However, when New York made the announcement, event organisers New York Road Runners came under fire for their policy, which requires women to pay for their entry fee twice – $295 for non-NYRR members.

Now, it’s emerged that both London and Boston’s policies also require women to pay twice for their place if they choose to defer. ‘Because of the way the London Marathon announced it and the wording on the event website, we didn’t realise,’ says Power, although she caveats that they have now amended the copy this week to make this clearer.

Up to now, aside from Tokyo (which is yet to implement a pregnancy deferral policy at all), it’s just the Berlin and Chicago Marathons that offer a no-pay-again policy. ‘We worked directly with Chicago,’ says Power. ‘They sat down with us, listened and quickly agreed this was the right thing to do. There should not be a tax on motherhood. A lot of the women who message us tell us that it’s not just about getting their place back, it’s about the money – it’s very hard to spend money on yourself once you become a mother.'

SheRACES has also campaigned to UTMB – which now spawns a World Series and 36 events – for a number of years to change their pregnancy deferral policy and, in April last year, it did just that. ‘They came out with the strongest policy in the world, which is: we'll give you your money back straightaway. And we’ll give you that opportunity to enter for the next five years,’ says Power.

‘The stories I got through my inbox at the time…it meant so much to women. That opportunity and that date in their diaries to get fit after they have had their babies – it’s so powerful. It really genuinely changes lives and a woman’s trajectory of physical activity for life.’

Putting the onus on brands

So, how can we encourage races to actively consider how they support female athletes?

This International Women’s Day (IWD), SheRACES is calling on brands who sponsor major races to act as enablers for change. ‘We’re seeing this disconnect between brands who say they’re committed to inclusivity and will put out all this marketing material for IWD about the women they sponsor and how they support women, and yet they continue to sponsor races that aren’t inclusive of women,’ she says.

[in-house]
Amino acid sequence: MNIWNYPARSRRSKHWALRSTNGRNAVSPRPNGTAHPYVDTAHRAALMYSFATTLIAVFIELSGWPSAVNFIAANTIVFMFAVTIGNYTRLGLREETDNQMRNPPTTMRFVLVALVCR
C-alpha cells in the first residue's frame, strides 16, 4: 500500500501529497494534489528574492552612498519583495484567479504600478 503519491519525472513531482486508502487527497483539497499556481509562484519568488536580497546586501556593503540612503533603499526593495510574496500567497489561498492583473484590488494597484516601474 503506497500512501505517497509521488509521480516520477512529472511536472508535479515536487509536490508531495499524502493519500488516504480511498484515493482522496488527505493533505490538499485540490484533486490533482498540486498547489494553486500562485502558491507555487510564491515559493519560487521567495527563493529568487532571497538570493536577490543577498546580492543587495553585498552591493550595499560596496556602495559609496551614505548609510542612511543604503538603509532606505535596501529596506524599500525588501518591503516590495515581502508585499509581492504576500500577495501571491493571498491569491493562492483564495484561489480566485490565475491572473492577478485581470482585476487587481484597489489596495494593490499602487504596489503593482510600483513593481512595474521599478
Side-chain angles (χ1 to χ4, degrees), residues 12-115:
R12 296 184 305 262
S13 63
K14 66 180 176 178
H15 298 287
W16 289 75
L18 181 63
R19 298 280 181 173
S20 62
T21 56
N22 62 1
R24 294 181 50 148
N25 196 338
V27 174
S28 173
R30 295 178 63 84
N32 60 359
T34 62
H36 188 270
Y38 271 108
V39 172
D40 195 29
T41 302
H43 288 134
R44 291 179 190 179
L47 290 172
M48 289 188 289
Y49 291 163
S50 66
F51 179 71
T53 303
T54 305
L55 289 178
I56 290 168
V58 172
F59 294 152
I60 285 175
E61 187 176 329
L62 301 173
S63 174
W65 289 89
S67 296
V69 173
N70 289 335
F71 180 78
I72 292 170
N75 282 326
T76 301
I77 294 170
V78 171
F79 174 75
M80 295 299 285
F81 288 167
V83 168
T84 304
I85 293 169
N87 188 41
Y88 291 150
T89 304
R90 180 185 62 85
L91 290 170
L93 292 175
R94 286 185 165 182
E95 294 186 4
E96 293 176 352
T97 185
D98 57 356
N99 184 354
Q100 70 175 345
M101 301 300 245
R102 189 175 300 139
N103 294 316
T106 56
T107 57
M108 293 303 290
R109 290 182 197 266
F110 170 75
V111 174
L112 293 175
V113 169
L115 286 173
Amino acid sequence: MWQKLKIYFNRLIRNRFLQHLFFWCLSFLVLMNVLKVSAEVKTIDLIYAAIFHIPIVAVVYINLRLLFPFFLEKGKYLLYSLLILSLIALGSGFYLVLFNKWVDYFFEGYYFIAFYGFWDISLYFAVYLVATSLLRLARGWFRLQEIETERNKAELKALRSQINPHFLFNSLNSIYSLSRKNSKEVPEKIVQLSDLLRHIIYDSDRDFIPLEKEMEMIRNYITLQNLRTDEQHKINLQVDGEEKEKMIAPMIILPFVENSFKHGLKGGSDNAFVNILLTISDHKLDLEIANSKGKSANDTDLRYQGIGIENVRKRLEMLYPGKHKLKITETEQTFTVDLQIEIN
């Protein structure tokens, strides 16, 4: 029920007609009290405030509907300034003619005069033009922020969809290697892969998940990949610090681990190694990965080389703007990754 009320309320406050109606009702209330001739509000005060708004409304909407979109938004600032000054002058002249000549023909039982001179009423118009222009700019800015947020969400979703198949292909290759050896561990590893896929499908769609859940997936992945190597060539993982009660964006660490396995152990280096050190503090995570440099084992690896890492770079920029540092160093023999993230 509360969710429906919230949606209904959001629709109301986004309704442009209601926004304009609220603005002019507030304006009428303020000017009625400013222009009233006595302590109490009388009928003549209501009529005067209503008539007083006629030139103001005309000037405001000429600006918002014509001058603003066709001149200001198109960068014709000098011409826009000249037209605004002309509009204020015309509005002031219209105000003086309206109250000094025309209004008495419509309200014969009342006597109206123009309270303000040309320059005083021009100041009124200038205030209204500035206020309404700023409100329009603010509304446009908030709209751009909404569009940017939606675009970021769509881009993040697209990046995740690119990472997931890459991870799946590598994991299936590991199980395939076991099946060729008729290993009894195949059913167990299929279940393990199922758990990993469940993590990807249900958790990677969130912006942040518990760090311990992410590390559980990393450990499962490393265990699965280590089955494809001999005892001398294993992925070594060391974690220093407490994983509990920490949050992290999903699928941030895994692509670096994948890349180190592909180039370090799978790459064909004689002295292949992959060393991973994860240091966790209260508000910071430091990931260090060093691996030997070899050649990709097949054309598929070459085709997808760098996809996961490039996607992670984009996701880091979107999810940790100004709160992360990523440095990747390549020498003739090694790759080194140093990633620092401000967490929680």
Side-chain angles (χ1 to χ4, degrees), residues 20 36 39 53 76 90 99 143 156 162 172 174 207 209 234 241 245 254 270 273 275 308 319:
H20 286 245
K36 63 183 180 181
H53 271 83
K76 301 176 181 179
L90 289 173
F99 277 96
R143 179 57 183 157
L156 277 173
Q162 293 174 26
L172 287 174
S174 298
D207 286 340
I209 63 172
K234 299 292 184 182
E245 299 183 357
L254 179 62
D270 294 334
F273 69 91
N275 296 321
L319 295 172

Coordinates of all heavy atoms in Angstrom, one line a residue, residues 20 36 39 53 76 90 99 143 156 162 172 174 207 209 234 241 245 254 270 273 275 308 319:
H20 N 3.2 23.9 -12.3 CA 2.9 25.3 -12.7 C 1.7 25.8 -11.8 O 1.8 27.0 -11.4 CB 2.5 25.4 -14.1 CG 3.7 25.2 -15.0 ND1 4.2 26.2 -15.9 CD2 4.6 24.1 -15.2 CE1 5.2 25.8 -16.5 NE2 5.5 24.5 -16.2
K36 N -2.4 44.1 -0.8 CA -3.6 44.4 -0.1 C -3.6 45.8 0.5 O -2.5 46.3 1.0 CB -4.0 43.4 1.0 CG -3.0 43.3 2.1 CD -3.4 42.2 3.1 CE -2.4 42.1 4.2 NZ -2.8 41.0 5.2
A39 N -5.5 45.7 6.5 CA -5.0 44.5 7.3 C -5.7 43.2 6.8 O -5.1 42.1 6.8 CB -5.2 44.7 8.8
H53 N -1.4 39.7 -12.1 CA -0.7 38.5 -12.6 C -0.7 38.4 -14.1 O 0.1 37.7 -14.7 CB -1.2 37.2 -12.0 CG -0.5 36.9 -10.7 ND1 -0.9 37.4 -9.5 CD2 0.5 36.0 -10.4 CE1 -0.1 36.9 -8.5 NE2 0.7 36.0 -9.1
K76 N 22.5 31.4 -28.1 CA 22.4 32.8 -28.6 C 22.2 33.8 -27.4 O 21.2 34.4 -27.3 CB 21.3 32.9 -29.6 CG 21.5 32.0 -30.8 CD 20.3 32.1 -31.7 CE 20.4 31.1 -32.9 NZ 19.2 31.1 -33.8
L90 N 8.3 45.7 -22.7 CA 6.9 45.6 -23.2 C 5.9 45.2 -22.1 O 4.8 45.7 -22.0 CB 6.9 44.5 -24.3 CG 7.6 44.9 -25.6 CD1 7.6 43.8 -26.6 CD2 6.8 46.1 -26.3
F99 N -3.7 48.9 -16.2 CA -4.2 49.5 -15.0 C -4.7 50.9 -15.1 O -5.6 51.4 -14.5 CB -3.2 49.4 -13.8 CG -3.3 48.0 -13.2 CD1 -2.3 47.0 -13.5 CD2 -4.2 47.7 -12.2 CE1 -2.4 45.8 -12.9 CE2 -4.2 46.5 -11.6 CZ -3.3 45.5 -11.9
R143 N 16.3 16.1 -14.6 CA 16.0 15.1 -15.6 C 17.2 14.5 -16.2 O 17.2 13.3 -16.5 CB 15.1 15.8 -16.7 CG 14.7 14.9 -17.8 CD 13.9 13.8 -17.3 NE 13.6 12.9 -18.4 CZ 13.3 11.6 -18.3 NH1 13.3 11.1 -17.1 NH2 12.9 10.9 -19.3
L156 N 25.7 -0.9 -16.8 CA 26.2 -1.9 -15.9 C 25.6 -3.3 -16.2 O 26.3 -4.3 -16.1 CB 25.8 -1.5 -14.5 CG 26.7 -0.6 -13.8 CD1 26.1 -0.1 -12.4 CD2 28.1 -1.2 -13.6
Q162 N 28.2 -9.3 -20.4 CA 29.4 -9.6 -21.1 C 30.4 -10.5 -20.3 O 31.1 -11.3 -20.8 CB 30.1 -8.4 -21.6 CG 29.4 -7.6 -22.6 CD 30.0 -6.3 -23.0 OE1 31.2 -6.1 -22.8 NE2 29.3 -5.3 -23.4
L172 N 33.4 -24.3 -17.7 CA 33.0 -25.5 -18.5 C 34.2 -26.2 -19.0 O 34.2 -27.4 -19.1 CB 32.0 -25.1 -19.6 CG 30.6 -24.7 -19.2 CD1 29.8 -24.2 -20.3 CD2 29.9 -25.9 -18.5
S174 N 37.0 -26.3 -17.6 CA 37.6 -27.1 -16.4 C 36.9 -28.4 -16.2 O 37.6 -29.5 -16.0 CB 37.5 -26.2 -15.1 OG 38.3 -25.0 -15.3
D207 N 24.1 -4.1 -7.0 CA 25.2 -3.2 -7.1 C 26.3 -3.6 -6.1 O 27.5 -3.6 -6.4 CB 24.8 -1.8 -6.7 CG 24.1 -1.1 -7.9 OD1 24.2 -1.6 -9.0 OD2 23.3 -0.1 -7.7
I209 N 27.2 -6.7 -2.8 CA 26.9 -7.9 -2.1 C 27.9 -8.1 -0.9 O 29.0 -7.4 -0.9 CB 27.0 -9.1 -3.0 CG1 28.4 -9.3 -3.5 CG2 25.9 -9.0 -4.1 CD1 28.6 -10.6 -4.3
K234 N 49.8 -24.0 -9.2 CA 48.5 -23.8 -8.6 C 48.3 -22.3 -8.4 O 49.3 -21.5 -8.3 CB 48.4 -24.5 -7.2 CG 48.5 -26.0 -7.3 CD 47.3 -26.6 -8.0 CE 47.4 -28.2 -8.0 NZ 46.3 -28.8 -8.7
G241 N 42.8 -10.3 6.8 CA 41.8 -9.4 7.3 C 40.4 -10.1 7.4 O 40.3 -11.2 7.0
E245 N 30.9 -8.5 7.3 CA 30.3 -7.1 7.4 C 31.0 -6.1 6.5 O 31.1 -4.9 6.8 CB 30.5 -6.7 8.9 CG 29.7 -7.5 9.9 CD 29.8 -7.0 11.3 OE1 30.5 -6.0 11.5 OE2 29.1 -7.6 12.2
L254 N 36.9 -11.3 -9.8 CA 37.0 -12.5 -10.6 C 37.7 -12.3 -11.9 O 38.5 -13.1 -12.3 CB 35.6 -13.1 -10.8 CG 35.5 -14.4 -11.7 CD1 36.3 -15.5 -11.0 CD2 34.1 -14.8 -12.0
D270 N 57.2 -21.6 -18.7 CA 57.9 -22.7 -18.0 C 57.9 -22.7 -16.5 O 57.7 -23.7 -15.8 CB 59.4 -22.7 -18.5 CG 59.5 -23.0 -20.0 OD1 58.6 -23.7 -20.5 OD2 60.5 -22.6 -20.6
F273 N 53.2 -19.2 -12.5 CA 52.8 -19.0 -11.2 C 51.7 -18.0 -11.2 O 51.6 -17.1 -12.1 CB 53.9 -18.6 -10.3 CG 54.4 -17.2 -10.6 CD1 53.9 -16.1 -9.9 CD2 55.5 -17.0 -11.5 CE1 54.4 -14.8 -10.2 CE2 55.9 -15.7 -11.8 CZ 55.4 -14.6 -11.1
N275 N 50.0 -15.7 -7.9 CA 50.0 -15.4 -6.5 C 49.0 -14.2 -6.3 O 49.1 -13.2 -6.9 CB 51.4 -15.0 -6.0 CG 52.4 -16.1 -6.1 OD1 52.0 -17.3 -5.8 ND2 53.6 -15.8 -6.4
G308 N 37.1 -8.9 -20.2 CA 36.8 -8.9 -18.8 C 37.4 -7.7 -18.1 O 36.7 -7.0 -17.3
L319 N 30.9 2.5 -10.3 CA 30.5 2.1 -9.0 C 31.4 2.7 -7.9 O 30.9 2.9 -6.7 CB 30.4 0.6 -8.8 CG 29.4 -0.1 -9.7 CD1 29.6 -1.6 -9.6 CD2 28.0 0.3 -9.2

‘We’ve had some great conversations this week already – brands just haven’t been thinking about it yet but as soon as we make them aware they want to be supportive. There’s no reason for them not to.

‘The call to action for runners is: if a race isn’t offering women a fair experience, look at who’s sponsoring it and contact them. If a race has sold out, they may not be worried about getting more women on the start line, but they will listen to their sponsors.’

SheRACES has designed a checklist for sponsors to work through when making a decision on sponsoring an event to determine whether it’s inclusive of women. It includes fair pregnancy policies, as well things like providing period products in race toilets, offering both female- and male-fit T-shirts and ensuring race imagery is welcoming and inclusive of women of all ages, shapes and ethnicities.

‘In a recent survey, 88% of women told us they were more likely to choose a race that is inclusive of women,’ says Power. ‘So if we can’t get them to commit because it’s the right thing to do, maybe we can get them to commit because it’s the right thing to do for their bottom line.’

An equal race experience

In recent years, a number of big races have made great strides in making the race experience inclusive and supportive of women – including the introduction of breastfeeding stations on course for mums who are pumping or breastfeeding. ‘Berlin were first to go, “Yes, this just makes sense, we’ll do it” and we’ve worked with Chicago who are now providing breastfeeding stations as well,’ says Power.

Last year, the London Marathon also introduced breastfeeding stations for women for the first time – one just before the halfway point on the course and one at the finish. It also introduced a number of other provisions to support women, including free sanitary products for female runners at all medical stations, information points and changing rooms, as well as other female-specific items including hair ties and grips, breast pads, tissues and wet wipes.

‘London is phenomenal in so many aspects,’ says Power. ‘Also, the grassroots work they do with local communities [to get more women into sport], they’re really committed. They’ve also just announced an equal prize pot for the elite wheelchair race. It’s groundbreaking. But yet they’re still making women pay twice for their place if they’ve had a baby.’

Respect and celebrate the elite women’s field

Despite this, Power commends the London Marathon for its fair recognition – and celebration of – both the elite women's and elite men’s races, highlighting the importance of this in ensuring female competition is held in equal regard. ‘I love the way the London Marathon has a separate elite female start because you genuinely get to see the female race unfold,’ says Power, ‘whereas you don’t in Chicago, for example, they mix the men and women in together and the best they can do is ask the male athletes if they're around the first female, to make sure they don't run between her and the camera following her so they can see her.’